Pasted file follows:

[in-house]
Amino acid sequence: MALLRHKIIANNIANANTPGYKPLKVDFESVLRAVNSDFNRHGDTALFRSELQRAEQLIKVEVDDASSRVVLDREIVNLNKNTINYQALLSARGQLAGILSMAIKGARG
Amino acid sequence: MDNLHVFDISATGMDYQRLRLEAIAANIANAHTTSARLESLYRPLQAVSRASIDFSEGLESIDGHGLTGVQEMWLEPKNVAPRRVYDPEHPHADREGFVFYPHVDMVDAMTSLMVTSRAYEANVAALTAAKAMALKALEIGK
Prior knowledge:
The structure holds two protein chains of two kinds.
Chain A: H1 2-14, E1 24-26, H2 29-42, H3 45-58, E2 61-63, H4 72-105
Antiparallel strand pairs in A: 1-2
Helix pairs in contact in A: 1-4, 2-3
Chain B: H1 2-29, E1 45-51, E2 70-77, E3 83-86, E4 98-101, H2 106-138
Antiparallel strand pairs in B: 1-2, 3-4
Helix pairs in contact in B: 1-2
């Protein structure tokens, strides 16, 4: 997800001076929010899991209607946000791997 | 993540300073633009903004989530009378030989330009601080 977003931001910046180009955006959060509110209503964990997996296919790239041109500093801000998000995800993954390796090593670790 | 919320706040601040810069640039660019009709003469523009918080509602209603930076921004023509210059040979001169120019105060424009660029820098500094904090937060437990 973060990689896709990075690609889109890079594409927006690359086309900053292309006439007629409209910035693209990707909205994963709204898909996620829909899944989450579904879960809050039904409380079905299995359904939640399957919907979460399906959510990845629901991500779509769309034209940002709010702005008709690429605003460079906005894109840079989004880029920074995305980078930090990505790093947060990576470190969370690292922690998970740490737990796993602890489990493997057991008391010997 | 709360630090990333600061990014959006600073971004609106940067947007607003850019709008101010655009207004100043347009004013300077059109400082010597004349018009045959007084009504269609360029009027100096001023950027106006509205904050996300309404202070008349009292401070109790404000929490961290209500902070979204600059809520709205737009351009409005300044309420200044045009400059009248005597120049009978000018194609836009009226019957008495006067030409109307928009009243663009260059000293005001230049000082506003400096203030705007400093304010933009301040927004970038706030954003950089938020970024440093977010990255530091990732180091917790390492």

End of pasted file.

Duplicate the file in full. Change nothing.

[in-house]
Amino acid sequence: MALLRHKIIANNIANANTPGYKPLKVDFESVLRAVNSDFNRHGDTALFRSELQRAEQLIKVEVDDASSRVVLDREIVNLNKNTINYQALLSARGQLAGILSMAIKGARG
Amino acid sequence: MDNLHVFDISATGMDYQRLRLEAIAANIANAHTTSARLESLYRPLQAVSRASIDFSEGLESIDGHGLTGVQEMWLEPKNVAPRRVYDPEHPHADREGFVFYPHVDMVDAMTSLMVTSRAYEANVAALTAAKAMALKALEIGK
Prior knowledge:
The structure holds two protein chains of two kinds.
Chain A: H1 2-14, E1 24-26, H2 29-42, H3 45-58, E2 61-63, H4 72-105
Antiparallel strand pairs in A: 1-2
Helix pairs in contact in A: 1-4, 2-3
Chain B: H1 2-29, E1 45-51, E2 70-77, E3 83-86, E4 98-101, H2 106-138
Antiparallel strand pairs in B: 1-2, 3-4
Helix pairs in contact in B: 1-2
């Protein structure tokens, strides 16, 4: 997800001076929010899991209607946000791997 | 993540300073633009903004989530009378030989330009601080 977003931001910046180009955006959060509110209503964990997996296919790239041109500093801000998000995800993954390796090593670790 | 919320706040601040810069640039660019009709003469523009918080509602209603930076921004023509210059040979001169120019105060424009660029820098500094904090937060437990 973060990689896709990075690609889109890079594409927006690359086309900053292309006439007629409209910035693209990707909205994963709204898909996620829909899944989450579904879960809050039904409380079905299995359904939640399957919907979460399906959510990845629901991500779509769309034209940002709010702005008709690429605003460079906005894109840079989004880029920074995305980078930090990505790093947060990576470190969370690292922690998970740490737990796993602890489990493997057991008391010997 | 709360630090990333600061990014959006600073971004609106940067947007607003850019709008101010655009207004100043347009004013300077059109400082010597004349018009045959007084009504269609360029009027100096001023950027106006509205904050996300309404202070008349009292401070109790404000929490961290209500902070979204600059809520709205737009351009409005300044309420200044045009400059009248005597120049009978000018194609836009009226019957008495006067030409109307928009009243663009260059000293005001230049000082506003400096203030705007400093304010933009301040927004970038706030954003950089938020970024440093977010990255530091990732180091917790390492």